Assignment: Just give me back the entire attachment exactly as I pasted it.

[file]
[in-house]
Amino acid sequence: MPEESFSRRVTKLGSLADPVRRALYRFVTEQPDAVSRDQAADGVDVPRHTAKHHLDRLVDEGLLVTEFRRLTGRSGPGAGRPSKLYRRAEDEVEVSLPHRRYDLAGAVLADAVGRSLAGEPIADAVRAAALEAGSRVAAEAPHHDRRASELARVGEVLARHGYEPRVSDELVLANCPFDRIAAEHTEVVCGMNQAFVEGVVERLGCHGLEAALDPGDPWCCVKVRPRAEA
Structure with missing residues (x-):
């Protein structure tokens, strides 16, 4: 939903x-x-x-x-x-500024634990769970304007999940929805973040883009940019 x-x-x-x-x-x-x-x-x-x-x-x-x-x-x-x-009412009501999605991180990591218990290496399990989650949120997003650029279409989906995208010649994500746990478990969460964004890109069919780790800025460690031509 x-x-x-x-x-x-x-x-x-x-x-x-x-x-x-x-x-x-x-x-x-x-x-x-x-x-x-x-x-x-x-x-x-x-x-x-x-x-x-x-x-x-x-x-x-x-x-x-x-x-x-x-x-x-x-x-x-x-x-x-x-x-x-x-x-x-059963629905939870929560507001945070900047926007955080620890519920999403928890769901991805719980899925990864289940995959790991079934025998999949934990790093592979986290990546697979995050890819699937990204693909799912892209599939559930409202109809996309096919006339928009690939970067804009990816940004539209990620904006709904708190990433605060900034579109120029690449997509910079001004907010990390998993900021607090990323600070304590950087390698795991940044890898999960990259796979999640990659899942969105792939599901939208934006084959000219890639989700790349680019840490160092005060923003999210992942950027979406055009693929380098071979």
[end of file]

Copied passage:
[in-house]
Amino acid sequence: MPEESFSRRVTKLGSLADPVRRALYRFVTEQPDAVSRDQAADGVDVPRHTAKHHLDRLVDEGLLVTEFRRLTGRSGPGAGRPSKLYRRAEDEVEVSLPHRRYDLAGAVLADAVGRSLAGEPIADAVRAAALEAGSRVAAEAPHHDRRASELARVGEVLARHGYEPRVSDELVLANCPFDRIAAEHTEVVCGMNQAFVEGVVERLGCHGLEAALDPGDPWCCVKVRPRAEA
Structure with missing residues (x-):
């Protein structure tokens, strides 16, 4: 939903x-x-x-x-x-500024634990769970304007999940929805973040883009940019 x-x-x-x-x-x-x-x-x-x-x-x-x-x-x-x-009412009501999605991180990591218990290496399990989650949120997003650029279409989906995208010649994500746990478990969460964004890109069919780790800025460690031509 x-x-x-x-x-x-x-x-x-x-x-x-x-x-x-x-x-x-x-x-x-x-x-x-x-x-x-x-x-x-x-x-x-x-x-x-x-x-x-x-x-x-x-x-x-x-x-x-x-x-x-x-x-x-x-x-x-x-x-x-x-x-x-x-x-x-059963629905939870929560507001945070900047926007955080620890519920999403928890769901991805719980899925990864289940995959790991079934025998999949934990790093592979986290990546697979995050890819699937990204693909799912892209599939559930409202109809996309096919006339928009690939970067804009990816940004539209990620904006709904708190990433605060900034579109120029690449997509910079001004907010990390998993900021607090990323600070304590950087390698795991940044890898999960990259796979999640990659899942969105792939599901939208934006084959000219890639989700790349680019840490160092005060923003999210992942950027979406055009693929380098071979």